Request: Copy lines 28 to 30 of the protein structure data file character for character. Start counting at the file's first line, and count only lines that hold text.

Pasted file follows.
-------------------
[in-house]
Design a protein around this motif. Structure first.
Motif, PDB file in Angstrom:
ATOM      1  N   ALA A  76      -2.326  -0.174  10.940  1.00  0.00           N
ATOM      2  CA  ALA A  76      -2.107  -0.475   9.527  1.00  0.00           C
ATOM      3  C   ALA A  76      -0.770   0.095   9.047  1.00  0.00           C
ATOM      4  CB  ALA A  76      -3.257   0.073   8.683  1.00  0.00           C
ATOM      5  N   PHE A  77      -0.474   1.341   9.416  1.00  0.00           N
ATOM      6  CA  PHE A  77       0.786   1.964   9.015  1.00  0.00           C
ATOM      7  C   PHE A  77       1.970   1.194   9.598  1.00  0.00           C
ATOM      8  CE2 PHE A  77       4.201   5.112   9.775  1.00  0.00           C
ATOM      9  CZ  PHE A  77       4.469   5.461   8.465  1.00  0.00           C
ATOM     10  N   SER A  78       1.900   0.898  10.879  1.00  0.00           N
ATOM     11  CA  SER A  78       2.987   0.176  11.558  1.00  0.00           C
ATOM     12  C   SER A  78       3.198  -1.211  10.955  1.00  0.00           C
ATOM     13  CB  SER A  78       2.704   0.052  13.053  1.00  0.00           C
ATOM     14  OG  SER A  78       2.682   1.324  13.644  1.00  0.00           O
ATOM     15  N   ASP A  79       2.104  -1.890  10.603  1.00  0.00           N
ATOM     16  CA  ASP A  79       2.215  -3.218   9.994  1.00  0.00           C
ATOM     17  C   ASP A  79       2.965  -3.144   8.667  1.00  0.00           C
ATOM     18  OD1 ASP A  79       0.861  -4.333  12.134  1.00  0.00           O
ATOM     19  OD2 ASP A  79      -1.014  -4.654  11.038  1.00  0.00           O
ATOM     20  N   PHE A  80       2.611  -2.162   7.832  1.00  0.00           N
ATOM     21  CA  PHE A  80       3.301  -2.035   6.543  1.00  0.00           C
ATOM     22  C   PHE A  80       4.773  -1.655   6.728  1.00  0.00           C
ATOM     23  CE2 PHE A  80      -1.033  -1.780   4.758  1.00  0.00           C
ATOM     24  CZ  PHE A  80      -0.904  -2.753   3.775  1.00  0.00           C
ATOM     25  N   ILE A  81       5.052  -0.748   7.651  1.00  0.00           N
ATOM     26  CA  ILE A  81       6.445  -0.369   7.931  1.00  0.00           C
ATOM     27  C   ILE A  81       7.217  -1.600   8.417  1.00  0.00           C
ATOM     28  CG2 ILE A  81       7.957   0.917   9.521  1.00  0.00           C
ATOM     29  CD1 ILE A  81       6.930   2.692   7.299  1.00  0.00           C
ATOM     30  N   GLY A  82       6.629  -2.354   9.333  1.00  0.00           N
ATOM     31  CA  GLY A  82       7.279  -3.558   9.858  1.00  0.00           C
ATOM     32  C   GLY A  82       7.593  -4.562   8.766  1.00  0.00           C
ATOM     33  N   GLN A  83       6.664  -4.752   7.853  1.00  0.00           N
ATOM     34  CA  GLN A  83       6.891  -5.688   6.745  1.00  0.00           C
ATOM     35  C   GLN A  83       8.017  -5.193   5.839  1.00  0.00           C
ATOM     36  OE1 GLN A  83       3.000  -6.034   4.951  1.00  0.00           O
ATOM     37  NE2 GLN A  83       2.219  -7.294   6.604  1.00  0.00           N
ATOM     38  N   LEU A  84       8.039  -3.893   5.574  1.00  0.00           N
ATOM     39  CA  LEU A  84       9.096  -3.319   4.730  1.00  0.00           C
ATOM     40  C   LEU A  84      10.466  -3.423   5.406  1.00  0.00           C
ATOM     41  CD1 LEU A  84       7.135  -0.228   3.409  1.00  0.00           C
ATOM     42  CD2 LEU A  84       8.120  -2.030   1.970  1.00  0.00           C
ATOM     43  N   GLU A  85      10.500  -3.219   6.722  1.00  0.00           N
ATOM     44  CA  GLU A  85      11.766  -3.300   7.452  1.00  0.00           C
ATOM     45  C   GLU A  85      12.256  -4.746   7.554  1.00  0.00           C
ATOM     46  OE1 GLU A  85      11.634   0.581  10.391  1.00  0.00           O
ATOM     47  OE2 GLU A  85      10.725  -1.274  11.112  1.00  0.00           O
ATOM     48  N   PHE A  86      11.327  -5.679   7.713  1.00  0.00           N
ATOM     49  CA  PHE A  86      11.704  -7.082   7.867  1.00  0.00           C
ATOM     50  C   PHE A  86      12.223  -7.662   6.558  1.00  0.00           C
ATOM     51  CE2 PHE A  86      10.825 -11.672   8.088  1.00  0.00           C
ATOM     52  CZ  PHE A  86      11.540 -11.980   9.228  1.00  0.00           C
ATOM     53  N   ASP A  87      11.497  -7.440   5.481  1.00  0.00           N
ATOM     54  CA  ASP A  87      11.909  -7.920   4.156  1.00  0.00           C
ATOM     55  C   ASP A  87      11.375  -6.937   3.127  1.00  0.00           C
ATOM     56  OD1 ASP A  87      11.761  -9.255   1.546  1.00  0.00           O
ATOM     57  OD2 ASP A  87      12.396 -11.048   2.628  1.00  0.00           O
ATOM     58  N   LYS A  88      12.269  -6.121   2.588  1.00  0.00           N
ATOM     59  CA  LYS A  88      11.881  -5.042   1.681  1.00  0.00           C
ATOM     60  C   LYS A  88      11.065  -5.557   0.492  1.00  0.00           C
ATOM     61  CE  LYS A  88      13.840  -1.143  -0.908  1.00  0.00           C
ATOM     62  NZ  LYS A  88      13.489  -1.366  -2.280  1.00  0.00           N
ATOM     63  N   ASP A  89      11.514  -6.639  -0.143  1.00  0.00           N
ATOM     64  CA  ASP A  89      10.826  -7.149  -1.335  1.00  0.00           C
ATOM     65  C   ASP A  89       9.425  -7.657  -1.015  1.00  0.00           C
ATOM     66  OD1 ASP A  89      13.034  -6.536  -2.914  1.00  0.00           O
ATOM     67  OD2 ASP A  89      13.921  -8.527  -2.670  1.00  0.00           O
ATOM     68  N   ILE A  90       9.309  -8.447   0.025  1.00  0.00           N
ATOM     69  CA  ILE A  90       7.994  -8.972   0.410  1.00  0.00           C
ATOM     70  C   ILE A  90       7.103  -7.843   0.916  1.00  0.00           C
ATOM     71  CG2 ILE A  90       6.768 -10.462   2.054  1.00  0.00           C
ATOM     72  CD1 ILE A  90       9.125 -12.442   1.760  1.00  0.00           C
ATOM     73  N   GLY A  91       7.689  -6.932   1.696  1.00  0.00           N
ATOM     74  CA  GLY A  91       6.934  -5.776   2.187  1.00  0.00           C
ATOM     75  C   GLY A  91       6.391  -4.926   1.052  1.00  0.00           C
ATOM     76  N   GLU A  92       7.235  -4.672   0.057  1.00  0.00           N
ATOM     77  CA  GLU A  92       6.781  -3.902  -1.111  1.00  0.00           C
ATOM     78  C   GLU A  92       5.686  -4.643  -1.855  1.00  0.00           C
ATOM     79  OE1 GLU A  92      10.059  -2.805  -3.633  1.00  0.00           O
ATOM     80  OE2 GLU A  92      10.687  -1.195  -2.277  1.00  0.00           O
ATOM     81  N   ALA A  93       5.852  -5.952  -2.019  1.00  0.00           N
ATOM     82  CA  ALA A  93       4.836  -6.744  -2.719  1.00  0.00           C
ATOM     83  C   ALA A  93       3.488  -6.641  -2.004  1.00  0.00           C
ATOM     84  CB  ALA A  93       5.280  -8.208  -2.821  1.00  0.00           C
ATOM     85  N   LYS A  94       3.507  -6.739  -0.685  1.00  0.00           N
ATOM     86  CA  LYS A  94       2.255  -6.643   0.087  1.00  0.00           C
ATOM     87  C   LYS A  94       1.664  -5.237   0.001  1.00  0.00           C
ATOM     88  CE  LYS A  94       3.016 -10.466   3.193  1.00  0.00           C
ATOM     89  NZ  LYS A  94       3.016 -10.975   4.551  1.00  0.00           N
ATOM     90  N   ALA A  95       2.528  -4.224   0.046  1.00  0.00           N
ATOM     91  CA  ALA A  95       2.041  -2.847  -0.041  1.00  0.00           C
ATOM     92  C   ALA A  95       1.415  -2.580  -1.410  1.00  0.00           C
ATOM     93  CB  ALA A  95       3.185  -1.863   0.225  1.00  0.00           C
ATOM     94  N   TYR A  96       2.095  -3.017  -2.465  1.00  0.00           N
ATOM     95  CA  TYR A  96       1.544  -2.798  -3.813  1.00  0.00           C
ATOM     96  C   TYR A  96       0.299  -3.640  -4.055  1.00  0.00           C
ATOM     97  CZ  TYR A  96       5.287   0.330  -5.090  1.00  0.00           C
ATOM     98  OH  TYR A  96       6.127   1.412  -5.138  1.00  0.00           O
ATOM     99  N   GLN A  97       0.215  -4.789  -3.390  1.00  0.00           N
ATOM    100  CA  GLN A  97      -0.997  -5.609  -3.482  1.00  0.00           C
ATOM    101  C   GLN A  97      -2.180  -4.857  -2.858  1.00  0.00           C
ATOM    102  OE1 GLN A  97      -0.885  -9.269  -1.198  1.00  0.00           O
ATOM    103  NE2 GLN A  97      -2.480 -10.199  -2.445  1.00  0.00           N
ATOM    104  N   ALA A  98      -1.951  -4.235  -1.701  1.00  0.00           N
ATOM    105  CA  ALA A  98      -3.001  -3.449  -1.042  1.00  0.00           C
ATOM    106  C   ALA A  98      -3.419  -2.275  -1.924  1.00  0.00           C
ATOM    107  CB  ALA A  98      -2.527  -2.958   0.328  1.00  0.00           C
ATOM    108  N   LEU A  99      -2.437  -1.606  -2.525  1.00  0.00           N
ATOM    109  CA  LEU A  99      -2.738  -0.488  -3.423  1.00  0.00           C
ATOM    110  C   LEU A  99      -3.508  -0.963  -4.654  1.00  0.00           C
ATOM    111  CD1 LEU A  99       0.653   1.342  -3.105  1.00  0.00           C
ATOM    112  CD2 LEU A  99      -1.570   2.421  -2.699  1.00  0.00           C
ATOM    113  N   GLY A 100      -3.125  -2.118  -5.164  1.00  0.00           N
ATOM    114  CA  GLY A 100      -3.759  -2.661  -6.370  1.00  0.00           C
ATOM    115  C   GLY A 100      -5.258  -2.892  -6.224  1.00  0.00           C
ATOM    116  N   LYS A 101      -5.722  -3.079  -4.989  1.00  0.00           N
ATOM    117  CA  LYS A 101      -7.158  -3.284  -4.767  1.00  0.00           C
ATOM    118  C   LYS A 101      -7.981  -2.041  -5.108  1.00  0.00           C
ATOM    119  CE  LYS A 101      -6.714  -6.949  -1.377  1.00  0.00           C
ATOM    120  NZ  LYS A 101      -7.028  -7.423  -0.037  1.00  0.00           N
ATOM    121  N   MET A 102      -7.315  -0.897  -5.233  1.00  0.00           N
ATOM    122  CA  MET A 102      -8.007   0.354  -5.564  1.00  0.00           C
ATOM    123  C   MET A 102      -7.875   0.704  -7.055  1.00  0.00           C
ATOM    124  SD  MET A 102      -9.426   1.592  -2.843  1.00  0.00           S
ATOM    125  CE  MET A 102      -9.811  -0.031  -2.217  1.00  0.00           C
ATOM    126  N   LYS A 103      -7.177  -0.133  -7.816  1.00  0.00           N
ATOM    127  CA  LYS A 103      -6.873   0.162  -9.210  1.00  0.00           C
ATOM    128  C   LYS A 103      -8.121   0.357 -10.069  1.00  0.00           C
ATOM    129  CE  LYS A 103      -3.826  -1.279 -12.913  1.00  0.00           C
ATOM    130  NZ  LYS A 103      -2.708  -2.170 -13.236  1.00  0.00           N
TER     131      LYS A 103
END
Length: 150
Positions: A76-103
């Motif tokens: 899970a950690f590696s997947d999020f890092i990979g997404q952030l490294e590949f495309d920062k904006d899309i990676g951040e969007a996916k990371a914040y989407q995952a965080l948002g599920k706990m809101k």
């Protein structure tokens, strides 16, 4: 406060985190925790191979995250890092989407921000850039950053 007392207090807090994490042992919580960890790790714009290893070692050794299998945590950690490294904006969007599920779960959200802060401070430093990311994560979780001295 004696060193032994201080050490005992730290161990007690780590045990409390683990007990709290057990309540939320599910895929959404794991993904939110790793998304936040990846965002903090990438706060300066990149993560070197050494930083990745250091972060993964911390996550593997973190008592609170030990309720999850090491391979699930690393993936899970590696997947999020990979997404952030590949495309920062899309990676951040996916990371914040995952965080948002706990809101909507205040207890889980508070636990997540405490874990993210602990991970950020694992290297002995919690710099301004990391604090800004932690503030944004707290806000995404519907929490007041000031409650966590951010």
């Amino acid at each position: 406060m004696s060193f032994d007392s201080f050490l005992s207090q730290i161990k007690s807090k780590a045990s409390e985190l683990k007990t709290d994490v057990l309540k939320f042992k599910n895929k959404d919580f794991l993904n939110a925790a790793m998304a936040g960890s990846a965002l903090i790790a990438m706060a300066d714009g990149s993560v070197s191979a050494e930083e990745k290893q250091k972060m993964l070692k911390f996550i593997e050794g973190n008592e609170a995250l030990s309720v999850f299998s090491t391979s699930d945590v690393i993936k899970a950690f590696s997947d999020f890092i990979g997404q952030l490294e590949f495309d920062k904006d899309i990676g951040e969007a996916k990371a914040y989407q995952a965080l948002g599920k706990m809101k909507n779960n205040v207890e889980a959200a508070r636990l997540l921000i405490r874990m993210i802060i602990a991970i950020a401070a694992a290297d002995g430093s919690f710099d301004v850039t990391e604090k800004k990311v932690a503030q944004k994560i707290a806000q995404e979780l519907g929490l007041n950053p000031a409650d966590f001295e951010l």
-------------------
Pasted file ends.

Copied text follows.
ATOM     25  N   ILE A  81       5.052  -0.748   7.651  1.00  0.00           N
ATOM     26  CA  ILE A  81       6.445  -0.369   7.931  1.00  0.00           C
ATOM     27  C   ILE A  81       7.217  -1.600   8.417  1.00  0.00           C